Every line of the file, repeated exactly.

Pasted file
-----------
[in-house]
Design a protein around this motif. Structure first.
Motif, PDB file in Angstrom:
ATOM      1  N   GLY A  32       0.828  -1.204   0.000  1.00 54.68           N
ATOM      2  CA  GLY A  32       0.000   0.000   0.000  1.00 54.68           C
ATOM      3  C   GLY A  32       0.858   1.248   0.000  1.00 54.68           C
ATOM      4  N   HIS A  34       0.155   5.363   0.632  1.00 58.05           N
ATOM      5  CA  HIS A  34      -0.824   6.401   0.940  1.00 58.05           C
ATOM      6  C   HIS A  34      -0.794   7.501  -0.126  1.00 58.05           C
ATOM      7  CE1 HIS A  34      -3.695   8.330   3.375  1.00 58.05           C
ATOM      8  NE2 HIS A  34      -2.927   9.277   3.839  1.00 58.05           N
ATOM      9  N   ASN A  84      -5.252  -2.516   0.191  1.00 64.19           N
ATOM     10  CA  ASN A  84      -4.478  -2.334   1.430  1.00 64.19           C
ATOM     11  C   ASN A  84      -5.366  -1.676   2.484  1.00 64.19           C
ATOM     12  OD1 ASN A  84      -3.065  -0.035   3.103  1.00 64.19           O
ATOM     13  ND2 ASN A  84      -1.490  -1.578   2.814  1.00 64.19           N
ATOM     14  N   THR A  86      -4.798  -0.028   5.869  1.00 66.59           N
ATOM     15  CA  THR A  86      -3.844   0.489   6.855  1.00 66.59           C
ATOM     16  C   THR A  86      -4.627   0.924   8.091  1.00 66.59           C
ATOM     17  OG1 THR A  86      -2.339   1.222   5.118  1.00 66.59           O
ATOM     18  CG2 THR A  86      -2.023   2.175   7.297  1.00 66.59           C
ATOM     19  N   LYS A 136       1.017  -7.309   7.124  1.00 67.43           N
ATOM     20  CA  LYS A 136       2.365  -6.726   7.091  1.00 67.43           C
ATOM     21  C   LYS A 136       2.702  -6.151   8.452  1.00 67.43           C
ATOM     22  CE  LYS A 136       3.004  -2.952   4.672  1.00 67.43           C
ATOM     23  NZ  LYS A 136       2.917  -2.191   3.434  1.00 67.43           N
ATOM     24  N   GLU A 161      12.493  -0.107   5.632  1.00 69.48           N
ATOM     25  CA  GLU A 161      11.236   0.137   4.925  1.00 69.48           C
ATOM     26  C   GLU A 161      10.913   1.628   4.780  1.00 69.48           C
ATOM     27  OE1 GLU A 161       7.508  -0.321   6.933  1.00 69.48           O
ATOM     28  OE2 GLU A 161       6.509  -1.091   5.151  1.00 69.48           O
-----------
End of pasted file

[in-house]
Design a protein around this motif. Structure first.
Motif, PDB file in Angstrom:
ATOM      1  N   GLY A  32       0.828  -1.204   0.000  1.00 54.68           N
ATOM      2  CA  GLY A  32       0.000   0.000   0.000  1.00 54.68           C
ATOM      3  C   GLY A  32       0.858   1.248   0.000  1.00 54.68           C
ATOM      4  N   HIS A  34       0.155   5.363   0.632  1.00 58.05           N
ATOM      5  CA  HIS A  34      -0.824   6.401   0.940  1.00 58.05           C
ATOM      6  C   HIS A  34      -0.794   7.501  -0.126  1.00 58.05           C
ATOM      7  CE1 HIS A  34      -3.695   8.330   3.375  1.00 58.05           C
ATOM      8  NE2 HIS A  34      -2.927   9.277   3.839  1.00 58.05           N
ATOM      9  N   ASN A  84      -5.252  -2.516   0.191  1.00 64.19           N
ATOM     10  CA  ASN A  84      -4.478  -2.334   1.430  1.00 64.19           C
ATOM     11  C   ASN A  84      -5.366  -1.676   2.484  1.00 64.19           C
ATOM     12  OD1 ASN A  84      -3.065  -0.035   3.103  1.00 64.19           O
ATOM     13  ND2 ASN A  84      -1.490  -1.578   2.814  1.00 64.19           N
ATOM     14  N   THR A  86      -4.798  -0.028   5.869  1.00 66.59           N
ATOM     15  CA  THR A  86      -3.844   0.489   6.855  1.00 66.59           C
ATOM     16  C   THR A  86      -4.627   0.924   8.091  1.00 66.59           C
ATOM     17  OG1 THR A  86      -2.339   1.222   5.118  1.00 66.59           O
ATOM     18  CG2 THR A  86      -2.023   2.175   7.297  1.00 66.59           C
ATOM     19  N   LYS A 136       1.017  -7.309   7.124  1.00 67.43           N
ATOM     20  CA  LYS A 136       2.365  -6.726   7.091  1.00 67.43           C
ATOM     21  C   LYS A 136       2.702  -6.151   8.452  1.00 67.43           C
ATOM     22  CE  LYS A 136       3.004  -2.952   4.672  1.00 67.43           C
ATOM     23  NZ  LYS A 136       2.917  -2.191   3.434  1.00 67.43           N
ATOM     24  N   GLU A 161      12.493  -0.107   5.632  1.00 69.48           N
ATOM     25  CA  GLU A 161      11.236   0.137   4.925  1.00 69.48           C
ATOM     26  C   GLU A 161      10.913   1.628   4.780  1.00 69.48           C
ATOM     27  OE1 GLU A 161       7.508  -0.321   6.933  1.00 69.48           O
ATOM     28  OE2 GLU A 161       6.509  -1.091   5.151  1.00 69.48           O